Indoor farming firm promotes vertical system

A revolution in farming technology is being piloted in the Las Vegas Valley.

The owners of Las Vegas-based Indoor Farms of America LLC unveiled their “vertical aeroponic” growing system last week at their offices at 4020 W. Ali Baba Lane, Suite B, near Valley View Boulevard and Hacienda Avenue.

Company officials estimate the technology could save 5 to 10 percent more water than hydroponics systems and a 95 percent estimated savings over traditional farming methods.

But the crowning achievement, according to David Martin, CEO and co-founder of Indoor Farms, is the amount of plants per square foot a farmer could grow with the new system — 40 per square foot.

The technology allows a farmer to grow up, going where traditional farming can’t. This high number of plants can be achieved with a vertical clearance of 8 feet.

Farmers can grow several plants, including leafy greens such as mesclun mix, baby red romaine, Genovese basil, and arugula, cherry tomatoes, and Thai chili peppers, or fruit such as seascape strawberries.

Some plants are still off-limits, such as potatoes and carrots.

The plants can be seen hanging along the plastic-encased system, but there is more to the story if you open up the square-shaped, hollow design: spray nozzles shoot mist. The plants are also supplied with natural-organic fertilizer. LED lights do the job that the sun usually takes care of, which leads to faster growing times than traditional farming techniques.

Ron Evans, co-founder, and Martin had their system in development for nearly two years before launching. Patents are still pending on the equipment, Martin said.

Those patents include one on a box near the back of the truck, but some important things go on inside of it. The water is controlled and fully circulates through the system. Inside the box are five layers of rocks and sea shells. When the water enters the box, minerals are naturally leaked into the water.

“That is a key thing to our whole design, and that is one of the things we have a patent pending right now,” Martin said. “It makes the flavor of this produce amazing.”

The venture began with Evans and Martin planning on going into business to become aquaponics farmers, which Martin described as fish farming and hydroponic lettuce growing. Evans already had more than a decade of experience with aquaponics. But the return on investment didn’t seem to be high enough with the existing equipment. In the pursuit of a better growing apparatus, the idea of the new venture took life.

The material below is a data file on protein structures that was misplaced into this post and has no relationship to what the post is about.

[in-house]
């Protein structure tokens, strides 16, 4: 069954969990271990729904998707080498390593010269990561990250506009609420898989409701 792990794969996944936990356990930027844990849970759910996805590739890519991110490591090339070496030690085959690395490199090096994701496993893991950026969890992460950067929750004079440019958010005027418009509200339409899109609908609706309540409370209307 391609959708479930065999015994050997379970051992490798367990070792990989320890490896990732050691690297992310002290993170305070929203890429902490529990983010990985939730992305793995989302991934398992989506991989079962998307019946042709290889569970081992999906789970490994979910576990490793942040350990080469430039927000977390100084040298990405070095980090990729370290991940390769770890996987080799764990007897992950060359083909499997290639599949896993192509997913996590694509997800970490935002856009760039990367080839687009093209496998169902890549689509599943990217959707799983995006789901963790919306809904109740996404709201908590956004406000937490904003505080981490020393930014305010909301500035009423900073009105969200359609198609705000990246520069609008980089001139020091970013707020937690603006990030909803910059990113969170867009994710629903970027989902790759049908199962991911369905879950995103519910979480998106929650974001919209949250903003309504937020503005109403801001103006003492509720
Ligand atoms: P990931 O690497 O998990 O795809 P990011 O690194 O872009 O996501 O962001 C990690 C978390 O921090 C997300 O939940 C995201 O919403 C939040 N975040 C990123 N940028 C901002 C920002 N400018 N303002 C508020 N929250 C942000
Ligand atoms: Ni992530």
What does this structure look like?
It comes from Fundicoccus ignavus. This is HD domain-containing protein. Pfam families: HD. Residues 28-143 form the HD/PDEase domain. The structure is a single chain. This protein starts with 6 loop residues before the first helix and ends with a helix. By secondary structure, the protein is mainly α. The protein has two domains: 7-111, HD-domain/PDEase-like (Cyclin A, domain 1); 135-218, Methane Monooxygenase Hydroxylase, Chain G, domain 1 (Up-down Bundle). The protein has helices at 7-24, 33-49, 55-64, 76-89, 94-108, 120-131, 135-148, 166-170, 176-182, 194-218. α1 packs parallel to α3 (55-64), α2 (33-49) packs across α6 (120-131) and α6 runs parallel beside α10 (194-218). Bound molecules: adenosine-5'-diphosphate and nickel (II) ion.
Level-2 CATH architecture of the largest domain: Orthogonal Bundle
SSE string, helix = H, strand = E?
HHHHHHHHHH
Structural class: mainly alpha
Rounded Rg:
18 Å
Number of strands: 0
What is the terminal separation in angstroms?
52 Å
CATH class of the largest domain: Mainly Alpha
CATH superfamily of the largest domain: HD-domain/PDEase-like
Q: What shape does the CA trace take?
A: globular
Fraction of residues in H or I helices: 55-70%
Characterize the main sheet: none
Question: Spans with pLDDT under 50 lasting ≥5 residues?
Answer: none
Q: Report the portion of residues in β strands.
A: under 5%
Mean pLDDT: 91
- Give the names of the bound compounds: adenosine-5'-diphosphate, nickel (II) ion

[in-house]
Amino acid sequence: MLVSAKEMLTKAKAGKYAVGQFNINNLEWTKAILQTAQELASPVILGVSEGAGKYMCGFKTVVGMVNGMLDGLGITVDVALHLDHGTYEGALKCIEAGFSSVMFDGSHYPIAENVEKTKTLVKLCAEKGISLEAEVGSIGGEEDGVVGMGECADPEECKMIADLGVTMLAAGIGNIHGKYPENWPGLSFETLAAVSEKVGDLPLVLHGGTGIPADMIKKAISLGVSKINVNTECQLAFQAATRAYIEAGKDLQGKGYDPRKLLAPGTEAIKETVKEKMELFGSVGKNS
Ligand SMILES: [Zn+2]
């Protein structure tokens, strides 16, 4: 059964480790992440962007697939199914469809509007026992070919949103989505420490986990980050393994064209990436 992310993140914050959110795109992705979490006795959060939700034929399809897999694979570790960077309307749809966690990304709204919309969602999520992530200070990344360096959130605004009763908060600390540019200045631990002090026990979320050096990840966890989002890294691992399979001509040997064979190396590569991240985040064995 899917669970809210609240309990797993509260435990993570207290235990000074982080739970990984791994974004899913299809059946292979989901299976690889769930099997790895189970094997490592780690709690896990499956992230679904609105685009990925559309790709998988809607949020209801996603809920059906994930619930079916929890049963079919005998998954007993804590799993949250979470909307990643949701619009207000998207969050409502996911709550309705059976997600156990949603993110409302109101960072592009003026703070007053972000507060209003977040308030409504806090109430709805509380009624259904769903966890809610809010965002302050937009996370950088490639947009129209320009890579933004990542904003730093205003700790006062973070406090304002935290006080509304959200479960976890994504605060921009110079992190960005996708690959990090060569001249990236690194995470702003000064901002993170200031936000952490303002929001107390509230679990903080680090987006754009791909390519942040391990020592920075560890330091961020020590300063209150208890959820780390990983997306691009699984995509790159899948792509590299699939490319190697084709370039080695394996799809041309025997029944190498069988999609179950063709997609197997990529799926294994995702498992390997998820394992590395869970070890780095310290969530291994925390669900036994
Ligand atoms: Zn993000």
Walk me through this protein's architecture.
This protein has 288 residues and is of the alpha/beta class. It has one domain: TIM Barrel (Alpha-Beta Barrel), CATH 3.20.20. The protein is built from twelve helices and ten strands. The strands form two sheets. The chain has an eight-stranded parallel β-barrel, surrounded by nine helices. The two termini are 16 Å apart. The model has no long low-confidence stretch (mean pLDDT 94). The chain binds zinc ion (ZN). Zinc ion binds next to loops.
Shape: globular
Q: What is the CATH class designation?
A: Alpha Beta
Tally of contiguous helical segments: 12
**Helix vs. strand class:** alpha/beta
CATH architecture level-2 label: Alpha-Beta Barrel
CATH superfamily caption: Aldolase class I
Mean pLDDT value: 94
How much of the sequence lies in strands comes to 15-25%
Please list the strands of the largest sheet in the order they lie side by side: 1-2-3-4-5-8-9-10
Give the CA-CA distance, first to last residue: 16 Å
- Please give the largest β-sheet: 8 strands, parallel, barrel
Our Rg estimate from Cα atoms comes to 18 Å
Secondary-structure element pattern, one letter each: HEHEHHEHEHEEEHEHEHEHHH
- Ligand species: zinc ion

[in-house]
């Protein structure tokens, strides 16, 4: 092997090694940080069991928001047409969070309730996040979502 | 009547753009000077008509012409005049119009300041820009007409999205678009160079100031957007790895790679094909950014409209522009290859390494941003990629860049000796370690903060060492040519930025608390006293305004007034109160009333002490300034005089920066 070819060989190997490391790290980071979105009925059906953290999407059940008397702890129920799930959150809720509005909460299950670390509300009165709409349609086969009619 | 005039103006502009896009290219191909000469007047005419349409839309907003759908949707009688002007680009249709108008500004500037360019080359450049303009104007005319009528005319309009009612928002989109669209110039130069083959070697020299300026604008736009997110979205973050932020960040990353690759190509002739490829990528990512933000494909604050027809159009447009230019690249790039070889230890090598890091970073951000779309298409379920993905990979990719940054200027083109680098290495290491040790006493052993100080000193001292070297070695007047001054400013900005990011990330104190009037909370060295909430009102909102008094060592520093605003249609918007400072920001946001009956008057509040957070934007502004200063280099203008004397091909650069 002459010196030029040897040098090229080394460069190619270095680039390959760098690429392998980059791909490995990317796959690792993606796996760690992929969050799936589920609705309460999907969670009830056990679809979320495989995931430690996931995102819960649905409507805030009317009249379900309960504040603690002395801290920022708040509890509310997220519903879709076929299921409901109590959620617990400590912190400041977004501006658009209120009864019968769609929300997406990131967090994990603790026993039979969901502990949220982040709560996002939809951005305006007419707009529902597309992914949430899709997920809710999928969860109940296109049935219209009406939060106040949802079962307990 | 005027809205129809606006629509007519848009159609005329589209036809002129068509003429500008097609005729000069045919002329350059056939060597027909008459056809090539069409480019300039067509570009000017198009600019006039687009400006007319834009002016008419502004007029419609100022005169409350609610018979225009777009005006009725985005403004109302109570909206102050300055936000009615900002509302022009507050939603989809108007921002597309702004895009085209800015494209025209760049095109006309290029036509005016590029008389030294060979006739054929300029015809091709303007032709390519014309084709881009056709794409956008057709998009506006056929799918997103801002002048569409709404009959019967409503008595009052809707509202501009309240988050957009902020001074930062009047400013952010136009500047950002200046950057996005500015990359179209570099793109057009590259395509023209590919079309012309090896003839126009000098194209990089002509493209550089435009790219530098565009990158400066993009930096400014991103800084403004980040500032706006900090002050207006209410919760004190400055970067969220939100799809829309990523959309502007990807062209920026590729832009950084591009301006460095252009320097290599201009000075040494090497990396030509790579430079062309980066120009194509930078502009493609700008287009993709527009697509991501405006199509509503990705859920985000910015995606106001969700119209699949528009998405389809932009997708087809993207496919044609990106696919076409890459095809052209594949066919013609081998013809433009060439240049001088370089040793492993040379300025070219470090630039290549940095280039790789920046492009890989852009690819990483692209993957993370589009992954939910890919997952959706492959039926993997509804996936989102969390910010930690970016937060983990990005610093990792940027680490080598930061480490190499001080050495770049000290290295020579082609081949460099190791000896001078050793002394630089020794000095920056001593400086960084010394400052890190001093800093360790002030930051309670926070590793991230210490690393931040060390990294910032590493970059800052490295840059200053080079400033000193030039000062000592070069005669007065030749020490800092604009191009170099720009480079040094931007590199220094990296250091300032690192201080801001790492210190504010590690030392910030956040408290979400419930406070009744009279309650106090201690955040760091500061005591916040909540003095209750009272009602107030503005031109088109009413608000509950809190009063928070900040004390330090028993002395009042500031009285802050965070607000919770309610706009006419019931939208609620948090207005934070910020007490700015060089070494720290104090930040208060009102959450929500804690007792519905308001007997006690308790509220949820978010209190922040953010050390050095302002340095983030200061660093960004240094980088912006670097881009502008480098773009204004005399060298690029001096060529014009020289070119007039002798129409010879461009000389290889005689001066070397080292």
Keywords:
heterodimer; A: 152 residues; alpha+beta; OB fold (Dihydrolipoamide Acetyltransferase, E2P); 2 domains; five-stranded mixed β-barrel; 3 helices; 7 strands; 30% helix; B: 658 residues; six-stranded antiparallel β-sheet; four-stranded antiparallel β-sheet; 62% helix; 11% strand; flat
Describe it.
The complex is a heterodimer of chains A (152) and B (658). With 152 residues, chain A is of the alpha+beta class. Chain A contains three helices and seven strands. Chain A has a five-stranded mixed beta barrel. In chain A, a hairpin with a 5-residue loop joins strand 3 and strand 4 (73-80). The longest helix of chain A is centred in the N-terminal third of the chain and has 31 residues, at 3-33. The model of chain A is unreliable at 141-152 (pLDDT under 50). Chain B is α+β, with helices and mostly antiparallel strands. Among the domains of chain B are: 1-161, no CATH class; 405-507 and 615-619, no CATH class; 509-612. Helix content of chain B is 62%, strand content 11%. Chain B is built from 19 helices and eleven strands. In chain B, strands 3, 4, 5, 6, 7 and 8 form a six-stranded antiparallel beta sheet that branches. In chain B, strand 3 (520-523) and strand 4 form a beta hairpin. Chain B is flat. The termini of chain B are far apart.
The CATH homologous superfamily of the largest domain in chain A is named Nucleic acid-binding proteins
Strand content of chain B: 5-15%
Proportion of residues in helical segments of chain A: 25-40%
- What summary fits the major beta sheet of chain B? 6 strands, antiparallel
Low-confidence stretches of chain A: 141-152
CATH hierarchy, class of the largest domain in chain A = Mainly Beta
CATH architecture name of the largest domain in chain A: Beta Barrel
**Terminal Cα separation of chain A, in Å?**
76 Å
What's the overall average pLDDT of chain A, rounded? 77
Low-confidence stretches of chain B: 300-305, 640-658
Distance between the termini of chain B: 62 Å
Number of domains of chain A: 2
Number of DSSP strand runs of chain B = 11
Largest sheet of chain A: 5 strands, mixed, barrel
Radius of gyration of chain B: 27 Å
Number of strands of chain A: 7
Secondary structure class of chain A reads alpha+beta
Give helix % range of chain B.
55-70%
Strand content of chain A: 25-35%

Indoor Farms has varying levels of design, such as a grow space in a semi-trailer, box truck or stand-alone container. It can also build a grow space inside an existing space such as a greenhouse, warehouse, outbuilding or shed. Indoor Farms can also tack onto an existing grow space already in operation. It offers do-it-yourself packages or it will install the equipment.

Packages range from just over $6,000 to $120,000 for farmers that already have an existing system inside a greenhouse, warehouse or other building.

For farmers looking to start from scratch, Indoor Farms offers packages for containers and other various trailers ranging from $30,000 to nearly $80,000. None of the pricing includes the enclosure or the labor to install and other various structural items.

Pricing on setting up a farm inside a structure such as a warehouse, greenhouse or other buildings can start under $5,000 and goes to over $200,000, depending on how large the farmer wants to go.

Martin said Indoor Farms has also been approached about the idea of living walls, something that was not part of the plan, but he is pursuing.

The speed of growing is faster than traditional farming.

Martin said traditional farming can take up to 65 days but some are down to 45. In his system, plants can grow to harvestable size in less than 30 days from transplant. The seeds are germinated inside the space where the growing takes place, 8,000 plants can be germinated in two weeks inside a shipping container space, Martin used as an example.

Greg Boudreau, an investor from the Pacific Norhwest, is taking the plunge in the farming business.

“The whole preference and focus of our business in using Indoor Farms is technology, which is really just new growing technology that allows to grow product more effectively in an arid climate like Las Vegas,” Boudreau said.

The key is to bring food local and hopefully serve a need, he said.

“I think restaurants in Las Vegas in general, want to see fresh produce on their table which they wouldn’t normally be able to get,” Boudreau said.

That’s what Boudreau is hoping for — to bring fresh veggies to local restaurants.

Boudreau has invested in agricultural-zoned land in the northwest valley and is planning on putting his first test containers out there to test productivity, quality and other things of that nature.

“We should have product available to sell a few months after we get everything nailed down,” he said.

Martin wants to bring farming to the city instead of the country.

“That is our focus, to bring urban farming into the areas where it’s needed,” he said. “We in no way intend to replace traditional agriculture whatsoever.”

Martin is interested in going global, however.

“We do feel that there’s a definitive need in areas around the world,” he said. “We are nearing agreements for distribution of our products … in various countries.”

Another benefit is that farmers can grow in areas with little water.

Martin gave the example of Africa, where water is scarce and residents have no electricity.

“They can run a farm on only a few hundred gallons of potable water a month, and they can solar power the whole farm,” Martin said.

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